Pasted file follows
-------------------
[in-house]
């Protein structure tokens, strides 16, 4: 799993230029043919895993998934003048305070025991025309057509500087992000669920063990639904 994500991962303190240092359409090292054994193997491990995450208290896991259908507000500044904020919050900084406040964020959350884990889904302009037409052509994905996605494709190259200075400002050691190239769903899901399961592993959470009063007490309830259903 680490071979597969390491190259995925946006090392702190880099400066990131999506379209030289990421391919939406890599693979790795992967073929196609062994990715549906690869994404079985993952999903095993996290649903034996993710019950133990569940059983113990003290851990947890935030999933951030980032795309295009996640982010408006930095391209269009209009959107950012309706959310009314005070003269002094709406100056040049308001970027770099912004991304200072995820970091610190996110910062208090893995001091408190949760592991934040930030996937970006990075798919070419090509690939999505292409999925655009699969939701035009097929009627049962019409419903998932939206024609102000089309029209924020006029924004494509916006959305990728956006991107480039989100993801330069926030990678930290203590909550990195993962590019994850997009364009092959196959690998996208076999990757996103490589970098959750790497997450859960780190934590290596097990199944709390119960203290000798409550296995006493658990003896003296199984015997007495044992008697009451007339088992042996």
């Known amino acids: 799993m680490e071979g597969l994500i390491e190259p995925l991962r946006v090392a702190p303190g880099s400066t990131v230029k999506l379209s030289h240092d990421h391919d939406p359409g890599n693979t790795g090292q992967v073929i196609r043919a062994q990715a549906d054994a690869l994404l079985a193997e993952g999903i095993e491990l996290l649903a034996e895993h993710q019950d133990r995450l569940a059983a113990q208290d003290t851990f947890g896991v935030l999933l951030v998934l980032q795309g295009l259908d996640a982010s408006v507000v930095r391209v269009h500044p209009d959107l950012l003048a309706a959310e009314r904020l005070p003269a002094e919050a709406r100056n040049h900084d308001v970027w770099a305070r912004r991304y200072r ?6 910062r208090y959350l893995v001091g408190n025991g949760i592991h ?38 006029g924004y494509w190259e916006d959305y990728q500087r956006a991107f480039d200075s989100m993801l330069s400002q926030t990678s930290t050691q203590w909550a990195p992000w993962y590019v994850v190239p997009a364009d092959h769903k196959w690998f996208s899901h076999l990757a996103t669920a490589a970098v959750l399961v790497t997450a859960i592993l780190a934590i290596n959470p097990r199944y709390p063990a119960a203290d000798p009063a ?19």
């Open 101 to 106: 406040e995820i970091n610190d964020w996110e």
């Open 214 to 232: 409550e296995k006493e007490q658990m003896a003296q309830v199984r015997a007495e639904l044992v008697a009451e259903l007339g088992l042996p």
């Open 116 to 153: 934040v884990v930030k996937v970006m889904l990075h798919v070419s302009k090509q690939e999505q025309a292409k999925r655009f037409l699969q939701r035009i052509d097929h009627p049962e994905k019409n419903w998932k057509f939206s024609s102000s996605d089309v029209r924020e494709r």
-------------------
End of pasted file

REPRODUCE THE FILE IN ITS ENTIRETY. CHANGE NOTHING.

[in-house]
């Protein structure tokens, strides 16, 4: 799993230029043919895993998934003048305070025991025309057509500087992000669920063990639904 994500991962303190240092359409090292054994193997491990995450208290896991259908507000500044904020919050900084406040964020959350884990889904302009037409052509994905996605494709190259200075400002050691190239769903899901399961592993959470009063007490309830259903 680490071979597969390491190259995925946006090392702190880099400066990131999506379209030289990421391919939406890599693979790795992967073929196609062994990715549906690869994404079985993952999903095993996290649903034996993710019950133990569940059983113990003290851990947890935030999933951030980032795309295009996640982010408006930095391209269009209009959107950012309706959310009314005070003269002094709406100056040049308001970027770099912004991304200072995820970091610190996110910062208090893995001091408190949760592991934040930030996937970006990075798919070419090509690939999505292409999925655009699969939701035009097929009627049962019409419903998932939206024609102000089309029209924020006029924004494509916006959305990728956006991107480039989100993801330069926030990678930290203590909550990195993962590019994850997009364009092959196959690998996208076999990757996103490589970098959750790497997450859960780190934590290596097990199944709390119960203290000798409550296995006493658990003896003296199984015997007495044992008697009451007339088992042996």
């Known amino acids: 799993m680490e071979g597969l994500i390491e190259p995925l991962r946006v090392a702190p303190g880099s400066t990131v230029k999506l379209s030289h240092d990421h391919d939406p359409g890599n693979t790795g090292q992967v073929i196609r043919a062994q990715a549906d054994a690869l994404l079985a193997e993952g999903i095993e491990l996290l649903a034996e895993h993710q019950d133990r995450l569940a059983a113990q208290d003290t851990f947890g896991v935030l999933l951030v998934l980032q795309g295009l259908d996640a982010s408006v507000v930095r391209v269009h500044p209009d959107l950012l003048a309706a959310e009314r904020l005070p003269a002094e919050a709406r100056n040049h900084d308001v970027w770099a305070r912004r991304y200072r ?6 910062r208090y959350l893995v001091g408190n025991g949760i592991h ?38 006029g924004y494509w190259e916006d959305y990728q500087r956006a991107f480039d200075s989100m993801l330069s400002q926030t990678s930290t050691q203590w909550a990195p992000w993962y590019v994850v190239p997009a364009d092959h769903k196959w690998f996208s899901h076999l990757a996103t669920a490589a970098v959750l399961v790497t997450a859960i592993l780190a934590i290596n959470p097990r199944y709390p063990a119960a203290d000798p009063a ?19």
């Open 101 to 106: 406040e995820i970091n610190d964020w996110e």
């Open 214 to 232: 409550e296995k006493e007490q658990m003896a003296q309830v199984r015997a007495e639904l044992v008697a009451e259903l007339g088992l042996p």
């Open 116 to 153: 934040v884990v930030k996937v970006m889904l990075h798919v070419s302009k090509q690939e999505q025309a292409k999925r655009f037409l699969q939701r035009i052509d097929h009627p049962e994905k019409n419903w998932k057509f939206s024609s102000s996605d089309v029209r924020e494709r």